Dark Sun Gwyndolin and Sabata the Moon Beauty have a lot in common, but to be honest I like Sabata’s narrative treatment more. Sabata is a character easily readable as a transwoman who is undoubtedly on The Good Side.

The games use male pronouns for her, but I won’t. I just want it clear this is me reading between the lines to find something compelling in a context of transmisogyny, much as we do with Gwyndolin. The better to give me deja vu with, I guess.

While Django takes after the Sun part of his blood, Sabata takes after the Moon and carries her Mother’s Moonlight Scarf. While the Solar and Lunar people are distinct races and thus presumably both had a variety of genders, their presentations to us are nonetheless pretty gendered, with the Sun being a source of constant references to Ringo (Dad’s) legacy and the Moon a source of references to Mani’s(Mom).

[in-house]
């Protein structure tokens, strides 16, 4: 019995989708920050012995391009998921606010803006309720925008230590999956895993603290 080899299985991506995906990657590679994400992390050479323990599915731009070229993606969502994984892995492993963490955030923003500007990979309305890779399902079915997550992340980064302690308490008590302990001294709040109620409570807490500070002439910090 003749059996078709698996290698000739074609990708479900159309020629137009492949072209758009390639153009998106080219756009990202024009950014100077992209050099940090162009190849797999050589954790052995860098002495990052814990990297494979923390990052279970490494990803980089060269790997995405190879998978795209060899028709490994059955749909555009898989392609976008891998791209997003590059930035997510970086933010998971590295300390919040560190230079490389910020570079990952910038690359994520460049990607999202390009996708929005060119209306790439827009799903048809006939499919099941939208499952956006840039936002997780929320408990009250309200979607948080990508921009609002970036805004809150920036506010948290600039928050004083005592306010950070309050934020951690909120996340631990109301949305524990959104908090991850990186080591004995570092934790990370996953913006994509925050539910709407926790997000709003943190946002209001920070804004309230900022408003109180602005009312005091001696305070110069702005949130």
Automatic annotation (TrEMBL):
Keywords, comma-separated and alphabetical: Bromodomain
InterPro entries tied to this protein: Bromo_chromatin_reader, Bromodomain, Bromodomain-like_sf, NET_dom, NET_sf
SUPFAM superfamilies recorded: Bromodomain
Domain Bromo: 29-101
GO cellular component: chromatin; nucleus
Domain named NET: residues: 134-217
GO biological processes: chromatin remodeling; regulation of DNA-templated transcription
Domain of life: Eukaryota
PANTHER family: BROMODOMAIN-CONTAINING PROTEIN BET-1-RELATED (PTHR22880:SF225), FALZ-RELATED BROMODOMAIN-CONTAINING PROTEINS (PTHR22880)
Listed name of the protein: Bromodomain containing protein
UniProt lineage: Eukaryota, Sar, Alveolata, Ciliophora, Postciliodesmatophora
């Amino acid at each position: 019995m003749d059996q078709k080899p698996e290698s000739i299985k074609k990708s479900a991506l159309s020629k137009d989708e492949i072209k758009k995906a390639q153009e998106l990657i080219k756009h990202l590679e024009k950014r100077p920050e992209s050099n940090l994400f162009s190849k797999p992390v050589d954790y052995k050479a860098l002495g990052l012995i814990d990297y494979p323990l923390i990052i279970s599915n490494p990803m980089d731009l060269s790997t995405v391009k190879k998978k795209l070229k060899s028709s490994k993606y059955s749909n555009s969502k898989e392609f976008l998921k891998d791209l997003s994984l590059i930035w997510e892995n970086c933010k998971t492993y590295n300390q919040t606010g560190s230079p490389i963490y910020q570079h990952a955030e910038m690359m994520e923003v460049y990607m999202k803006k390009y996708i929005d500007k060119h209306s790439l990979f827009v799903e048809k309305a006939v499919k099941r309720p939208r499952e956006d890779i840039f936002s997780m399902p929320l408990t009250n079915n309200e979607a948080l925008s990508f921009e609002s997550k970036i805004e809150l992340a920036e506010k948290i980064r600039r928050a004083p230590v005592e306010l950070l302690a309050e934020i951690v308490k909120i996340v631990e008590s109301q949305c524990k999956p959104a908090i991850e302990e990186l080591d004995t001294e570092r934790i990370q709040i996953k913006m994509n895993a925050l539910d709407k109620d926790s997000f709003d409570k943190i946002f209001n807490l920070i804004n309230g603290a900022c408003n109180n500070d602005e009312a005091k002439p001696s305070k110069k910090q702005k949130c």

But this is complicated by Sabata’s past- she was kidnapped as a baby, infused with the Dark, and raised as a ruthless killer — “The Dark Boy”. Sabata is deeply disconnected from her Lunar legacy, family, and ability to handle affection. Affection, by the way, is a concept explicitly linked to the Moon in this world — we’ll come back to that.

Still, during that time, she makes a friend or a girlfriend in Carmilla. Sabata deliberately sacrifices her in her deluded efforts to live up to the expectation she’s grown up with of being the “Dark Boy” (or maybe in a confused effort to stop Dark, the story seems confused about this) despite their mutual sense of kinship. When you finally beat Sabata, she talks mournfully about Carmilla, and says that they were both victims of darkness.